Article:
The following research brief will focus on the recent developments in the NJ SREC market, including pricing and installation trends, followed by comparisons against the MA SREC market.
To address the oversupply of project applications for the Massachusetts Solar Carve-Out Program, the Department of Energy Resources (DOER) announced in its June 7, 2013 Stakeholder Briefing that it is instituting an Emergency Regulation to expand the current 400 MW Program cap. This expansion comes in response to the estimated 900 MW of current cumulative project pipeline capacity. The excess of potential Program supply is a result of rapidly accelerated Qualification Application rates, particularly since April 2013, as developers have rushed their efforts to get projects included within the 400 MW cap. MA qualified capacity as of May 20, 2013 was 287 MW, of which 217.9 MW was currently operating.
MA SREC prices have rallied since mid January, with Vintage 2012 prices increasing from $205 to trade as high as $235 this month. Over the same period the vintage 2013 SRECs rallied stronger than 2012’s, moving from $155 to $215, with the spread narrowing from $50 to $20.
The MA market currently has three uncertainties that require clarifying. In the short-term, the focus is on which proposed rule changes will be adopted, and how the Solar Credit Clearing House Auction (SCCHA) will play out. In the medium/long-term, parties are concerned with what happens when the market hits the 400 MW cap. This analysis will seek to analyze these uncertainties.
The State of Connecticut has two proposed bills that could potentially affect Renewable Portfolio Standards (RPS). On January 22, 2013, Rep. Lawrence Miller (R) introduced House Bill (HB) 5475, which aims to provide additional time for compliance with the RPS requirements by extending each deadline beginning in 2016. On January 25, 2013, Rep. John E Piscopo (R) introduced HB 6086 with the purpose of amending general statutes to “include all types of hydropower as a Class I renewable energy source”. All hydropower currently defined as Class II renewable energy sources would be included in the Class I renewable energy source classification, according to the bill’s statement of purpose.
Maine Governor LePage (R) recently indicated that the evidence from the report “The Economic Impact of Maine’s Renewable Portfolio Standard”, suggested the program was raising costs on the state while providing little environmental benefits. As many reviewers point out, these conclusions run counter to those of similar studies completed that indicate no increase in rate payer costs due to RPS programs in other states. With Democrats taking control of both the Maine Senate and House, coupled with Senator Angus King deciding to caucus with Democrats, it seems likely that political support for renewables will continue in ME on a state and federal level. Despite this likely ongoing support, ME prices have continued to decline due to NEPOOL supply flowing back into ME.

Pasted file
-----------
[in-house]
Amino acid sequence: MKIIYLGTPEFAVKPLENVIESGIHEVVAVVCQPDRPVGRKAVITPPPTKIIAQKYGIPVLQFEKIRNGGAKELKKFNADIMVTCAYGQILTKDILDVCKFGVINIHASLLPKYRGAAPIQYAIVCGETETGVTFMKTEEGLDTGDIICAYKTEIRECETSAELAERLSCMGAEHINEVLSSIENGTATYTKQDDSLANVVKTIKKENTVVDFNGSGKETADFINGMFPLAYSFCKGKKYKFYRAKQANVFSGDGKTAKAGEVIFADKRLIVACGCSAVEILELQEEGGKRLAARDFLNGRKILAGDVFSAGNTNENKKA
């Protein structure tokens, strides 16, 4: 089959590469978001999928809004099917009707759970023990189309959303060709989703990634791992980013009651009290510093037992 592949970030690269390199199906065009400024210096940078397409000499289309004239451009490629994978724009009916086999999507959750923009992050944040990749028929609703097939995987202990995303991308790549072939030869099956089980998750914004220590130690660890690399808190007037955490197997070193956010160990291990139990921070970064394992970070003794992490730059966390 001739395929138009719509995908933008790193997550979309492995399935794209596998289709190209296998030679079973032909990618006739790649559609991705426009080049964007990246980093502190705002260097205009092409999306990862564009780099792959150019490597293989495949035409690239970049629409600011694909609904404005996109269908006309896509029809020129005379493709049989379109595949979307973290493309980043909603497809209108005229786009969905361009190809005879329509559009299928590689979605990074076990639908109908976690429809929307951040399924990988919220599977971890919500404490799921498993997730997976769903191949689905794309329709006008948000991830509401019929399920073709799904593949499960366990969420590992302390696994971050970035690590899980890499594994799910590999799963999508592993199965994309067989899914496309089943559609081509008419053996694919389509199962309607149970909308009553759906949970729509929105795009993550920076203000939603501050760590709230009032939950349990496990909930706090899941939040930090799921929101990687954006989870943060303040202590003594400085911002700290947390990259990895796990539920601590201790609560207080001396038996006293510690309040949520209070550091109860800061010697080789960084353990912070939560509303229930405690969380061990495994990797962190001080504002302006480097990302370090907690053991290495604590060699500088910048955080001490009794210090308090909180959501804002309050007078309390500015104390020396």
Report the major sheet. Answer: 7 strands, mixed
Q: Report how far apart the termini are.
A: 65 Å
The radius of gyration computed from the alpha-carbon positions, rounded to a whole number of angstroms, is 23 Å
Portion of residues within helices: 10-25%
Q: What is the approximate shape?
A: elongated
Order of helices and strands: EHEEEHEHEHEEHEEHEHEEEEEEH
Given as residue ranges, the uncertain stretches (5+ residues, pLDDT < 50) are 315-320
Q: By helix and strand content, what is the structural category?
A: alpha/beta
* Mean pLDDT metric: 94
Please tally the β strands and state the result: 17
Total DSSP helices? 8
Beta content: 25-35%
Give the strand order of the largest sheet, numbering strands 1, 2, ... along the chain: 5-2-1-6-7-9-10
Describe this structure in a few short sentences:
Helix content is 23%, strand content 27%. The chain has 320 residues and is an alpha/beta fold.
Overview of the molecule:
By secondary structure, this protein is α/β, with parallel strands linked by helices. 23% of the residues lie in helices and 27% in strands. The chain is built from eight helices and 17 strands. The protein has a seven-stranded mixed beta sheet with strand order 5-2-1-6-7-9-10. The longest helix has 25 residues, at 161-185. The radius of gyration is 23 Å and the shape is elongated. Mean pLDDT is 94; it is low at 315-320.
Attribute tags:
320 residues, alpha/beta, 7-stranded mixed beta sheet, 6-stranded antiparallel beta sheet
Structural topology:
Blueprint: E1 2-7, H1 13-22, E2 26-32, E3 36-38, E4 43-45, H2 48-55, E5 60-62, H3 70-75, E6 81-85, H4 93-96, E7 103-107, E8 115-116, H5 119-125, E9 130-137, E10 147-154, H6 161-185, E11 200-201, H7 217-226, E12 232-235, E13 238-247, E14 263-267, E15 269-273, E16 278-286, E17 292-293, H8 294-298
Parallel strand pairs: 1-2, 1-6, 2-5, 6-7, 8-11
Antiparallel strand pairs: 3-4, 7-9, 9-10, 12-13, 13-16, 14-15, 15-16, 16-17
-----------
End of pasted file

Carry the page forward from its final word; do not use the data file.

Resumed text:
The Massachusetts and Connecticut Class I REC markets experienced the expected seasonal downturn in supply, with wind REC generation dropping the most of all technologies. Year-on-year quarterly generation was up for both biomass and wind, while LFG declined by approximately 45,000 RECs.
On August 29, 2012, the MA DOER released the proposed CY 2013 RPS Class I Solar Carve-Out Minimum Standard of 135,495 MWh, up from the 2012 Minimum Standard of 81,559 MWh. The DOER currently projects the 2012 SREC generation at 109,465 MWh. The DOER estimated operational capacity of 45.7 MW at the start of January and 98.9 MW at the start of August, an average increase of 7.6 MW per month. Karbone projects that continuing this monthly average build for the remainder of 2012 would bring total installed capacity 137 MW at year-end.
The MA Class I market remains the most attractive NEPOOL REC market with record high prices, trading just below the ACP of $64.02 for the first half of 2012. The delay in production data release of three and a half months has kept prices at these highs, despite the market expectation that supply in Q1 2012 would remain at Q4 2011 levels. The shared market sentiment on the buy-side is that these prices could come off, as high NEPOOL Q1 2012 production data of the three key Class I technologies – Biomass, Wind and Landfill Gas (LFG) – met expectations by exceeding Q4 2011 supply (Table 1). Coupling this with strong potential supply estimates for the remaining quarters of 2012 and a robust bank of 2011 RECs, 2012 REC supply for the balance of the year in NEPOOL seems well positioned to meet the modest increase in the MA Class I RPS obligation.
The Massachusetts DOER hosted a webinar on May 16 providing an overview of the key components of the new regulatory framework for biomass. While adoption of the new regulation will limit biomass as a proportion of the RPS, key components still present trading and compliance opportunities. The new framework will be constrained by a new green house gas (GHG) emissions target. The following brief provides an overview of biomass GHG accounting, followed by a summary of other key elements from the webinar.
Pricing in the CT Class 1 REC markets have retreated on the back of impending policy developments. Connecticut Senate Bill (SB) 450 contains a proposal supporting the development of Micro-Grids, providing for Combined Heat and Power (CHP) generation to qualify as Class 1 Renewable Energy Credits (RECs). Micro-Grids are defined as small-scale localized grids located in the state of CT. CHP is currently classified as a CT Class 3 REC. Ahead of this news, Class 3 RECs were well offered, with value pegged just above the market floor of $10.